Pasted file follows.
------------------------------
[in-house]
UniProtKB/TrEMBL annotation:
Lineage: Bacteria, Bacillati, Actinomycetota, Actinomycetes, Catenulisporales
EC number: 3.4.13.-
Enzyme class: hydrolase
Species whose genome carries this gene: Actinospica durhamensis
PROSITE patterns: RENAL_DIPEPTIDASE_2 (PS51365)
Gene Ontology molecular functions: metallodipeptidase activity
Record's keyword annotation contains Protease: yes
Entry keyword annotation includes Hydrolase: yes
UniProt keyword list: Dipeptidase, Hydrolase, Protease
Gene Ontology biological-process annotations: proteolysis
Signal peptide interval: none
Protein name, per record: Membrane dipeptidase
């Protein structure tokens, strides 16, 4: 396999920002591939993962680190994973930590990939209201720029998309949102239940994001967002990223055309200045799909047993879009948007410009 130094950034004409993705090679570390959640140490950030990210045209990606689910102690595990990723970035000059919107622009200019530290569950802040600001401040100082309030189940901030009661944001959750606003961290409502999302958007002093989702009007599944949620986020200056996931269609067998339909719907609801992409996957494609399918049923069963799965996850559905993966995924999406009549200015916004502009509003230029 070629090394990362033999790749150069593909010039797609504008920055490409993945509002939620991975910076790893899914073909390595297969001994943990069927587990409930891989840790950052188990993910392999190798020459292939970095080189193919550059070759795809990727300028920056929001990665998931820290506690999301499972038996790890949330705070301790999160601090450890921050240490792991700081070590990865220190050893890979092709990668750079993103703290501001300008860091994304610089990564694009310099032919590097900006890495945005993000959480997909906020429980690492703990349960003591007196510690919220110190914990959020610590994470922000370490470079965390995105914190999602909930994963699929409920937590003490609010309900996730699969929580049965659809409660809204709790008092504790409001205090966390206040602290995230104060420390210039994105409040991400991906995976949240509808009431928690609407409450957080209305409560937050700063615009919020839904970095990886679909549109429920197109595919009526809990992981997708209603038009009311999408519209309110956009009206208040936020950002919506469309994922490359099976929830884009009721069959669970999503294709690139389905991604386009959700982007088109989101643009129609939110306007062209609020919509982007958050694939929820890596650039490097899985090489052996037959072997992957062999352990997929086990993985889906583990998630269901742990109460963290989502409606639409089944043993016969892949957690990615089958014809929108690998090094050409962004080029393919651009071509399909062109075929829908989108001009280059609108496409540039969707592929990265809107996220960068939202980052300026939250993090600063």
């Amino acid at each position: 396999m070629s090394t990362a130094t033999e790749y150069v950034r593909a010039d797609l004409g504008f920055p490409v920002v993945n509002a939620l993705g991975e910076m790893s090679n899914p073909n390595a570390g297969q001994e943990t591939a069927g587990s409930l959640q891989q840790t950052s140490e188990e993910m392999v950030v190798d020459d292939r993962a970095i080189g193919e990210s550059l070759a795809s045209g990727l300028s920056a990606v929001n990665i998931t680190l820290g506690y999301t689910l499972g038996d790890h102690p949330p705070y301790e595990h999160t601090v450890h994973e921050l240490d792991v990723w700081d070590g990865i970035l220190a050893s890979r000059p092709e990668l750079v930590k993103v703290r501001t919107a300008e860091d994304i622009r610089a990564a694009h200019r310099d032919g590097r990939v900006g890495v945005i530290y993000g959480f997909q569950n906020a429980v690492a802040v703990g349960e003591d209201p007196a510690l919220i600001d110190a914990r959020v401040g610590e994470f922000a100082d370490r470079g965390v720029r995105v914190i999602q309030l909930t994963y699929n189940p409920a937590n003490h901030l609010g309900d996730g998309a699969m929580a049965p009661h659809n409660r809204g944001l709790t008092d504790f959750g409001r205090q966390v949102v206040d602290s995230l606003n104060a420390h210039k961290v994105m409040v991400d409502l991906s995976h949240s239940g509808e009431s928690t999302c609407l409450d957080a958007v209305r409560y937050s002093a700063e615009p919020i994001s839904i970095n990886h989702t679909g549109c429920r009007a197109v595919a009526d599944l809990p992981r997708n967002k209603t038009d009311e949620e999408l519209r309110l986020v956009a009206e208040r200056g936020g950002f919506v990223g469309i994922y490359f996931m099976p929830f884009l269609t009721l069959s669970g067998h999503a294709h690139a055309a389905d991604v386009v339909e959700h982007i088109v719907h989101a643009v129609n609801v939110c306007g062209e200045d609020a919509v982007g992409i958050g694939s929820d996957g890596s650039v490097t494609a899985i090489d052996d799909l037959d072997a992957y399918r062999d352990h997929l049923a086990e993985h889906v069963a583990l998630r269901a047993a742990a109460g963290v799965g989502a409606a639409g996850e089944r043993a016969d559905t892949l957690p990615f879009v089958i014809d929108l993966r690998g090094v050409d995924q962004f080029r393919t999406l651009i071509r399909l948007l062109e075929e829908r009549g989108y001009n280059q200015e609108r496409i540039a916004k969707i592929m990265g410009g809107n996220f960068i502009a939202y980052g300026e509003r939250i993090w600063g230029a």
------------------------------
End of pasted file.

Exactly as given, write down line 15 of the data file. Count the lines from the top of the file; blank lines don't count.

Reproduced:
């Protein structure tokens, strides 16, 4: 396999920002591939993962680190994973930590990939209201720029998309949102239940994001967002990223055309200045799909047993879009948007410009 130094950034004409993705090679570390959640140490950030990210045209990606689910102690595990990723970035000059919107622009200019530290569950802040600001401040100082309030189940901030009661944001959750606003961290409502999302958007002093989702009007599944949620986020200056996931269609067998339909719907609801992409996957494609399918049923069963799965996850559905993966995924999406009549200015916004502009509003230029 070629090394990362033999790749150069593909010039797609504008920055490409993945509002939620991975910076790893899914073909390595297969001994943990069927587990409930891989840790950052188990993910392999190798020459292939970095080189193919550059070759795809990727300028920056929001990665998931820290506690999301499972038996790890949330705070301790999160601090450890921050240490792991700081070590990865220190050893890979092709990668750079993103703290501001300008860091994304610089990564694009310099032919590097900006890495945005993000959480997909906020429980690492703990349960003591007196510690919220110190914990959020610590994470922000370490470079965390995105914190999602909930994963699929409920937590003490609010309900996730699969929580049965659809409660809204709790008092504790409001205090966390206040602290995230104060420390210039994105409040991400991906995976949240509808009431928690609407409450957080209305409560937050700063615009919020839904970095990886679909549109429920197109595919009526809990992981997708209603038009009311999408519209309110956009009206208040936020950002919506469309994922490359099976929830884009009721069959669970999503294709690139389905991604386009959700982007088109989101643009129609939110306007062209609020919509982007958050694939929820890596650039490097899985090489052996037959072997992957062999352990997929086990993985889906583990998630269901742990109460963290989502409606639409089944043993016969892949957690990615089958014809929108690998090094050409962004080029393919651009071509399909062109075929829908989108001009280059609108496409540039969707592929990265809107996220960068939202980052300026939250993090600063």